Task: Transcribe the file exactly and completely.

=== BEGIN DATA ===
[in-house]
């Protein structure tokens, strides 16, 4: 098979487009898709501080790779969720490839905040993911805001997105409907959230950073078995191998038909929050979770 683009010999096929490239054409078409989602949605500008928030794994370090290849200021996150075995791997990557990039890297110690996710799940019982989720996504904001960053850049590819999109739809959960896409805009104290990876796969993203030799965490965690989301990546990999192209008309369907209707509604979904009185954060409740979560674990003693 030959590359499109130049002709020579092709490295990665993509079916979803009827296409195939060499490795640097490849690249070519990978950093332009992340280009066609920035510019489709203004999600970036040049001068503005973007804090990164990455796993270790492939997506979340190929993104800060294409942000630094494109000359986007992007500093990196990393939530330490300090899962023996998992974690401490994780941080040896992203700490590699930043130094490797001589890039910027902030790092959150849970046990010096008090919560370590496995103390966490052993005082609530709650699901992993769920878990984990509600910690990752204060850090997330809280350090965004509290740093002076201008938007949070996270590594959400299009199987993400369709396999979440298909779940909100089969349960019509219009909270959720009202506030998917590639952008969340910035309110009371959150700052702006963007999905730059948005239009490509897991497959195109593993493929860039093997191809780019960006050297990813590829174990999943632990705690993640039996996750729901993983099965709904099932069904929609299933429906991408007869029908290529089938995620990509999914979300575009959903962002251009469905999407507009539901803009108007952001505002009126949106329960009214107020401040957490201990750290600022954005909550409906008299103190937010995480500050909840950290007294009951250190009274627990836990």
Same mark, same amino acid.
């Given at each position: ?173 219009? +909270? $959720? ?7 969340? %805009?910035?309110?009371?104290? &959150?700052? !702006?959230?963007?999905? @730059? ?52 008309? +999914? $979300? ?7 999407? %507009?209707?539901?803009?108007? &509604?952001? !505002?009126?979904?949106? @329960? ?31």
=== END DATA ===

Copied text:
[in-house]
């Protein structure tokens, strides 16, 4: 098979487009898709501080790779969720490839905040993911805001997105409907959230950073078995191998038909929050979770 683009010999096929490239054409078409989602949605500008928030794994370090290849200021996150075995791997990557990039890297110690996710799940019982989720996504904001960053850049590819999109739809959960896409805009104290990876796969993203030799965490965690989301990546990999192209008309369907209707509604979904009185954060409740979560674990003693 030959590359499109130049002709020579092709490295990665993509079916979803009827296409195939060499490795640097490849690249070519990978950093332009992340280009066609920035510019489709203004999600970036040049001068503005973007804090990164990455796993270790492939997506979340190929993104800060294409942000630094494109000359986007992007500093990196990393939530330490300090899962023996998992974690401490994780941080040896992203700490590699930043130094490797001589890039910027902030790092959150849970046990010096008090919560370590496995103390966490052993005082609530709650699901992993769920878990984990509600910690990752204060850090997330809280350090965004509290740093002076201008938007949070996270590594959400299009199987993400369709396999979440298909779940909100089969349960019509219009909270959720009202506030998917590639952008969340910035309110009371959150700052702006963007999905730059948005239009490509897991497959195109593993493929860039093997191809780019960006050297990813590829174990999943632990705690993640039996996750729901993983099965709904099932069904929609299933429906991408007869029908290529089938995620990509999914979300575009959903962002251009469905999407507009539901803009108007952001505002009126949106329960009214107020401040957490201990750290600022954005909550409906008299103190937010995480500050909840950290007294009951250190009274627990836990």
Same mark, same amino acid.
């Given at each position: ?173 219009? +909270? $959720? ?7 969340? %805009?910035?309110?009371?104290? &959150?700052? !702006?959230?963007?999905? @730059? ?52 008309? +999914? $979300? ?7 999407? %507009?209707?539901?803009?108007? &509604?952001? !505002?009126?979904?949106? @329960? ?31």